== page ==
“There’s a huge consumer market in China. Most of the big U.S. companies are selling there. They’re not just using it as an export platform. They’re integrated into the economy in other ways,” said Rufus Yerxa, a former senior U.S. trade representative and WTO official who is now president of the National Foreign Trade Council.
The lobbying is aimed at derailing some of the most aggressive trade restrictions advocated by the Biden administration and congressional leaders just as the White House tries to pivot its security focus to Beijing after the withdrawal of American troops from Afghanistan.
Groups representing hundreds of the biggest U.S. companies, from Amazon to JPMorgan Chase and Nike, have so far gotten lawmakers to kill legislation that would mandate government reviews for American investments in China, weaken anti-Beijing rhetoric in an evolving House legislative package, and insert corporate-friendly provisions to an anti-forced labor bill that would reshape how the federal government implements trade restrictions.
But none of those bills have been finalized, and big business groups are worried that they won’t be able to rely on their traditional allies once the fall legislative session begins.
“It feels like the business community doesn’t have any true blue friends on the Hill at this point when it comes to China,” said one industry lobbyist who asked not to be named due to ongoing work with Congress. “Everything is a matter of degree.”
Republicans have either cheered Biden’s tough line on China or pushed him to go further. That’s got some lobbyists turning to the only folks left in the room: progressives.
In recent months, the U.S.-China Business Council, which represents more than 250 American firms that do business in China, has reached out to aides for Sen. Bernie Sanders (I-Vt.) and anti-war groups like Justice is Global, one of scores of groups that endorsed letters urging Congress to pump the brakes on anti-China provisions and prioritize climate change cooperation with Beijing.
The U.S. can hold Beijing accountable for human rights and trade abuses, the groups and progressives argue, without closing down commerce or cooperation.
“We’ve tried to message that national security obviously has to be tended to and prioritized,” said Anna Ashton, the council’s vice president for advisory services and government affairs. “That may change some of the parameters of commercial engagement with China, but at the end of the day our economy has benefited enormously by being able to [trade] with China.”
Efforts from the corporate lobbyists seek to blunt the rising economic aggression toward Beijing emanating from Congress and the Biden administration that’s seen the president retain most of his predecessor’s aggressive trade policies, much to industry’s chagrin.
The White House in recent months has issued new
and sanctions on Chinese firms while
refusing to lift tariffs imposed by former President Donald Trump, insisting they are still under review.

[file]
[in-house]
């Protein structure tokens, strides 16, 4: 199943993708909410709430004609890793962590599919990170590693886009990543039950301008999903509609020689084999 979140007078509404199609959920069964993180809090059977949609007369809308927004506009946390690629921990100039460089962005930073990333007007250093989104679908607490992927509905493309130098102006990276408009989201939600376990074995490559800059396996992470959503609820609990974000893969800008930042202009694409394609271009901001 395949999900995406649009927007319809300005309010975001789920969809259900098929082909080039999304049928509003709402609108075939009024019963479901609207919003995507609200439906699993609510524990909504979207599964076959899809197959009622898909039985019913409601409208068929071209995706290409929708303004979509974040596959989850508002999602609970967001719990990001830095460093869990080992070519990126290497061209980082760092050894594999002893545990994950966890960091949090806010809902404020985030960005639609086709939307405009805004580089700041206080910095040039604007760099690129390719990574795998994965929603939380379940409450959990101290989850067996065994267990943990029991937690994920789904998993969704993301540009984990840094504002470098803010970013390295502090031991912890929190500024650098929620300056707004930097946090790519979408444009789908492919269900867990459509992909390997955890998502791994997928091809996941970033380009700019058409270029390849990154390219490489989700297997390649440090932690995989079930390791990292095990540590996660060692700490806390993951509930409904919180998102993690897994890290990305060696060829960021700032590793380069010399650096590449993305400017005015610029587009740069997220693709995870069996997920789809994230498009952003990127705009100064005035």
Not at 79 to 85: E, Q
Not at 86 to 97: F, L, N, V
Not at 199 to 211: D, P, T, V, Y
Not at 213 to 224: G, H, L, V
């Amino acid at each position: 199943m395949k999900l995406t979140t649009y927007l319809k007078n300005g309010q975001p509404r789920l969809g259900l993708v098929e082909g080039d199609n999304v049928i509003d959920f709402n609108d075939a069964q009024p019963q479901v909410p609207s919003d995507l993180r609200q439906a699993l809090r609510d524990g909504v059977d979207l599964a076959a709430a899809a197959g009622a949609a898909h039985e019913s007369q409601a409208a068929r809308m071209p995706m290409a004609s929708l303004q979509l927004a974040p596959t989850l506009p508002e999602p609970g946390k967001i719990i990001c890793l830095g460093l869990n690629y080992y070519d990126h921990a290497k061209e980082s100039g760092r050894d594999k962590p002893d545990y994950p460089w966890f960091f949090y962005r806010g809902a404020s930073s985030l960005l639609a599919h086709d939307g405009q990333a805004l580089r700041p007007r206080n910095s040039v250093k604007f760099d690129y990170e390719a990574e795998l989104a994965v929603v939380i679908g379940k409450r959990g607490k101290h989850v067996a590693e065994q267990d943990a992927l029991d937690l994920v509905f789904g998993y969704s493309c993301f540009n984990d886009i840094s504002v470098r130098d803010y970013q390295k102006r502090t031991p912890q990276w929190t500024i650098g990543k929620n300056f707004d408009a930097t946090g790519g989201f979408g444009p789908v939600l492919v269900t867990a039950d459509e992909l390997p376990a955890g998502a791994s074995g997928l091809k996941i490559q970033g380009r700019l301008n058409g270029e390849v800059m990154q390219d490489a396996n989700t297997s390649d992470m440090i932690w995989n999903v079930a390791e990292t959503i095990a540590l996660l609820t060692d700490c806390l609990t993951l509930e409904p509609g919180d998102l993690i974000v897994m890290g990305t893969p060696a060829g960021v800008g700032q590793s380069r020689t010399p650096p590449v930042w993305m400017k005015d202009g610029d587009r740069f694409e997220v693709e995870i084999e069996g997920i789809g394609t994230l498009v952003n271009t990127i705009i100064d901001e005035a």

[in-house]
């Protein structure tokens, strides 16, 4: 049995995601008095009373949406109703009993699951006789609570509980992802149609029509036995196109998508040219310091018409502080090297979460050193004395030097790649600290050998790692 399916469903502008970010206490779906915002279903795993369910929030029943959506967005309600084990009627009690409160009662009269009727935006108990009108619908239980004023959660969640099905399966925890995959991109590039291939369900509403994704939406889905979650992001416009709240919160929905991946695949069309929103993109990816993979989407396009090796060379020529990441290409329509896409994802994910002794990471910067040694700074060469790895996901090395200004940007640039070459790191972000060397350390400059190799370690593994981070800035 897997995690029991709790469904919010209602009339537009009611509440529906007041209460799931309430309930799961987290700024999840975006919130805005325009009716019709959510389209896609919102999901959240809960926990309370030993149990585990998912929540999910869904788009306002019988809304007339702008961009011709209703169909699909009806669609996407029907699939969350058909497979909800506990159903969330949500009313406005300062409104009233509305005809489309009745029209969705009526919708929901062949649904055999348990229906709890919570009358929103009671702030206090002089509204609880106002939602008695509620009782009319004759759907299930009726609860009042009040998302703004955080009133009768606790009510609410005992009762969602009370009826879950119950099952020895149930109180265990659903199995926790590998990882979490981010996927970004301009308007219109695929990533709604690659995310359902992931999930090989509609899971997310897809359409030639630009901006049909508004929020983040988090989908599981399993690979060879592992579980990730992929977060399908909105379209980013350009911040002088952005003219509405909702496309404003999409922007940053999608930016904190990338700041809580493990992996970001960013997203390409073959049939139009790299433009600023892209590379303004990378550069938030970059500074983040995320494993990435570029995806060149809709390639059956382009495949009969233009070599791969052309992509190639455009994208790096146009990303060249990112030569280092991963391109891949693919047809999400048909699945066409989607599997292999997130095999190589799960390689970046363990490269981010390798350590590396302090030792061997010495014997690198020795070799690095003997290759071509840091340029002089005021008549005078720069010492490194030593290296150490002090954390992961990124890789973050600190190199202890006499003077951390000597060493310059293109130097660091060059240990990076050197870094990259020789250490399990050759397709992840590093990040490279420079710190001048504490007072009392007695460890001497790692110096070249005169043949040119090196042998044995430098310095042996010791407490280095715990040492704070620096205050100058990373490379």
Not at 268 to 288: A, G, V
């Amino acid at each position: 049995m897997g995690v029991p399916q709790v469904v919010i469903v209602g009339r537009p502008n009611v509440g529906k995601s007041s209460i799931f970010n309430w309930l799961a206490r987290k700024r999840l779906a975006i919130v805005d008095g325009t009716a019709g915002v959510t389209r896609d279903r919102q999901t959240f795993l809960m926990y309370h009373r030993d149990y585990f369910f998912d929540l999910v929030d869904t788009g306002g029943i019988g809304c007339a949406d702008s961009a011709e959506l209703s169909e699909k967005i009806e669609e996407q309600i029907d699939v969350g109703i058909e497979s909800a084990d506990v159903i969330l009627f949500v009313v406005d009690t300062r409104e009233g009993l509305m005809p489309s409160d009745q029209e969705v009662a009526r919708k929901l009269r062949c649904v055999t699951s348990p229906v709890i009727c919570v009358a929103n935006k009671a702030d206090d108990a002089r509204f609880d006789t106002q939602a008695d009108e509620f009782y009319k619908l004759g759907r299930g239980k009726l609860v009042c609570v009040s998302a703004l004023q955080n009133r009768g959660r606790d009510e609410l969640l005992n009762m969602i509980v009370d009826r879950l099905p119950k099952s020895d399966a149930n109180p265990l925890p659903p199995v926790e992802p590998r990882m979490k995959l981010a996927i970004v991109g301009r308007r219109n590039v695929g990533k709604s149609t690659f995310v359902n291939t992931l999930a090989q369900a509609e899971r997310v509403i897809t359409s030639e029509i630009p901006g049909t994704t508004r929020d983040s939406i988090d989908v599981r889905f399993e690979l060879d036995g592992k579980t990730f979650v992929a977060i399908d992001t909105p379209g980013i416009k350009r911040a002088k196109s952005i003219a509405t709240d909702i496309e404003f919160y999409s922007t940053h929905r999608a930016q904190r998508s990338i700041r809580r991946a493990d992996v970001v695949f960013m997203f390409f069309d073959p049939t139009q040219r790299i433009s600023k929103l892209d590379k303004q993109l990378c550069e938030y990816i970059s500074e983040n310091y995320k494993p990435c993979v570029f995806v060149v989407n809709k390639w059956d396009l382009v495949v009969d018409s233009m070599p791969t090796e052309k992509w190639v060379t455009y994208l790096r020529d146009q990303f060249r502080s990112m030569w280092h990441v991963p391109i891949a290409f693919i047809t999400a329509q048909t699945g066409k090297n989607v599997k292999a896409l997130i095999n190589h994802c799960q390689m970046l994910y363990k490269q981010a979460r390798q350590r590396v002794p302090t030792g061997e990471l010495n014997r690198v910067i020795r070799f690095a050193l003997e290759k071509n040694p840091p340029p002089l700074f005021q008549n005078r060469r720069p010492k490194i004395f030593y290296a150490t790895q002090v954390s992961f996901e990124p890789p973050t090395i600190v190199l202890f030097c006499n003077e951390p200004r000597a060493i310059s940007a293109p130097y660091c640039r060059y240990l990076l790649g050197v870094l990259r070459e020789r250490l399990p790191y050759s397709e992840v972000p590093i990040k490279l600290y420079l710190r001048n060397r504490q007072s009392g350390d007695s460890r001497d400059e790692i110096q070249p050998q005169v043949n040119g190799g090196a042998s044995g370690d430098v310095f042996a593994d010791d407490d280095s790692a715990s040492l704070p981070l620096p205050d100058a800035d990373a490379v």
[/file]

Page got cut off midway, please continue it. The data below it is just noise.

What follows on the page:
Meanwhile, the House and Senate have
advanced separate measures
that would spend hundreds of billions of dollars to confront China economically and, in the Senate’s case, increase military surveillance and assistance to regional allies.
Corporate lobby groups are expressing concern that the government’s actions will cause members to draw down their business interests in China. That would not only harm their bottom lines, they argue, but diminish what little leverage the U.S. has to get China to change course from its human rights abuses.
“I would argue that a lot of [U.S. firms] are probably better forces for good business practices and good governance than maybe the state-owned Chinese companies are,” Yerxa said. “If we do some specific kind of targeted thing that makes it impossible for [U.S. corporations] to maintain their businesses, their foreign and Chinese competitors can continue doing it. How effective has it been in changing China’s policies?”
The corporations have tried to align their lobbying efforts with the way progressive advocacy groups have pushed back against the emerging China doctrine. They express fear that the tougher U.S. line will commit America to decades of increased military spending and heightened tensions, potentially escalating to a regional war or worse.
“We need to distinguish between justified criticisms of the Chinese government’s human rights record and a Cold War mentality that uses China as a scapegoat for our own domestic problems,” Rep. Ilhan Omar (D-Minn.)
told POLITICO this spring.
Sanders also outlined
those fears in a recent
Foreign Affairs article, which lobbyists said made the rounds in high-ranking corporate circles.
The attempt to make common cause with progressives comes after corporate interests were caught flat-footed during Senate debates over its sprawling bill to confront Beijing, the U.S. Innovation and Competition Act.
During the floor debates, corporate lobbyists jammed up the process by objecting to amendments that would have put new reviews and regulations in place for companies doing business with China. That created a chaotic floor debate with amendments flying back and forth between the parties for days before an eventual trade policy deal saw the bill pass easily.